Australia has produced very few, if any, popular singers of such extraordinary talent that their voices seem to be a gift from the gods.
Not until now.
Listen to Geoffrey Gurrumul Yunupingu as he sings in Galpu, Djambarrpuynu, Gumatj - and, occasionally, in English - and you will instantly surrender to the greatest voice this continent has ever recorded.
Blind from birth, he is not an Aboriginal musician singing protest songs against a rock, reggae or folk-country backing. Rather he is a deeply traditional man with the voice of an angel singing of his love of country ( Wiyathul, Galiku), his deep spiritual connection with the land ( Djarimirri, Marrandil), the death of his father ( Bapa), the difficulties of being born blind - which he sings in a mixture of local language and English ( Gurrumul History) - and the importance to his life of continuity and his ancestors. The backing is sparse and simple.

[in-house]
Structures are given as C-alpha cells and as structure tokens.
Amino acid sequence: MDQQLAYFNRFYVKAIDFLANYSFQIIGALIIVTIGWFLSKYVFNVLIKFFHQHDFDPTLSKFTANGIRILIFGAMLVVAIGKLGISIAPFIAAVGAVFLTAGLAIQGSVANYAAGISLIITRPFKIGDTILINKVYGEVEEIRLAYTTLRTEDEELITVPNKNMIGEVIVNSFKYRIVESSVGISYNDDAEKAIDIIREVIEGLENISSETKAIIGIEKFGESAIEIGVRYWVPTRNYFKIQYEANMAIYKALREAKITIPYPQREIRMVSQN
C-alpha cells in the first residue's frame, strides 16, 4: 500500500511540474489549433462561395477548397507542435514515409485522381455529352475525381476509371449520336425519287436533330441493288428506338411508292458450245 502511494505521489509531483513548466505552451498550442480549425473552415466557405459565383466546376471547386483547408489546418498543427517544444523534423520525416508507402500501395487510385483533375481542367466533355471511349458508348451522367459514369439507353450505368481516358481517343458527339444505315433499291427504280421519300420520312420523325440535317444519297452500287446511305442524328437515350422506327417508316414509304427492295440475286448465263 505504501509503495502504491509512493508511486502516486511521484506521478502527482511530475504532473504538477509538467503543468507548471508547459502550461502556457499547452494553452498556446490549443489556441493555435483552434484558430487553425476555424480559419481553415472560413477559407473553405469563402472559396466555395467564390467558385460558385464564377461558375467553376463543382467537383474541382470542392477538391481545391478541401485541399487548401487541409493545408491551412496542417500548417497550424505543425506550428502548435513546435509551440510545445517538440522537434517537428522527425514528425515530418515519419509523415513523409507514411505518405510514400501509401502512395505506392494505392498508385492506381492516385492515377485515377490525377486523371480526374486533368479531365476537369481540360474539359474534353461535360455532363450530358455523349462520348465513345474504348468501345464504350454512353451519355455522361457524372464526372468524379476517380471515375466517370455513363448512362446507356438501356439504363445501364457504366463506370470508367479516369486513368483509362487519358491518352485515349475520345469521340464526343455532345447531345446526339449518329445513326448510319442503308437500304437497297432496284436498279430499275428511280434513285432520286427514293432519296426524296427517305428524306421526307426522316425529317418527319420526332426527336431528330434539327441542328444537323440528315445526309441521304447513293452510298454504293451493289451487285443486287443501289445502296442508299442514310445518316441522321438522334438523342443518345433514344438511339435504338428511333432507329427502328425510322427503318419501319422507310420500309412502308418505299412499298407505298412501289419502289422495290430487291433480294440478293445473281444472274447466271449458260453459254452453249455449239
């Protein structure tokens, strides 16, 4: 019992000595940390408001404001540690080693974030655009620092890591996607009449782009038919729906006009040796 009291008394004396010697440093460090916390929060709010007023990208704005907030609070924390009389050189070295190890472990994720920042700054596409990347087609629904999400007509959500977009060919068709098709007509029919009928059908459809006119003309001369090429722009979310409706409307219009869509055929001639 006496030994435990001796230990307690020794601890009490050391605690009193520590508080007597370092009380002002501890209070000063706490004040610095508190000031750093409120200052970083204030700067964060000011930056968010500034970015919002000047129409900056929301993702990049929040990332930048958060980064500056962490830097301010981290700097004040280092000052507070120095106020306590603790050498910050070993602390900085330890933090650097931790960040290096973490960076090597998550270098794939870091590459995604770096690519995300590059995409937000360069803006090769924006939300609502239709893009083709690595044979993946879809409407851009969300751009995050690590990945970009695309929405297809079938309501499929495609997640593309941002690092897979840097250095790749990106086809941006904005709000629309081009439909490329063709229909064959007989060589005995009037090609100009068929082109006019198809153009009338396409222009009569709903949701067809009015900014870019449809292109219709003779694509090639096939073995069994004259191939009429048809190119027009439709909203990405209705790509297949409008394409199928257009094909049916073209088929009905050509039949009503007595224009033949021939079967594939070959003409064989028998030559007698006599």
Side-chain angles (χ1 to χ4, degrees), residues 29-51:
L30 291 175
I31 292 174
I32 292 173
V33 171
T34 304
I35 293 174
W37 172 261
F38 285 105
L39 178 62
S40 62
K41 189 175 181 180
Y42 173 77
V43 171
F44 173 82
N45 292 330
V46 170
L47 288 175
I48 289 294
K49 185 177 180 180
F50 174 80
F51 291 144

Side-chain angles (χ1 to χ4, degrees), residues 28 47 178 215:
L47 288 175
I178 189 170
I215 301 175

This is, by any measure, an extraordinary album. Yunupingu has a voice which is so beautiful and so emotion-laden that it invests every song with a passion and pathos which are quite overwhelming. Non-Elcho Island listeners (which, obviously, is most of us) cannot understand the meaning of the songs - which are not only obscured by language but also, even in translation, far beyond the frame of reference of modern city dwellers.
Yet there is something so timeless and so direct that it is impossible to remain unmoved. It is as though Yunupingu has reached into a wellspring so deep it transcends cultural barriers. He has found an emotional bridge which is genuinely universal. This is not just a very good record, it is one of the greatest recordings ever made.
Listen quietly and carefully, and this music will take you to a better place.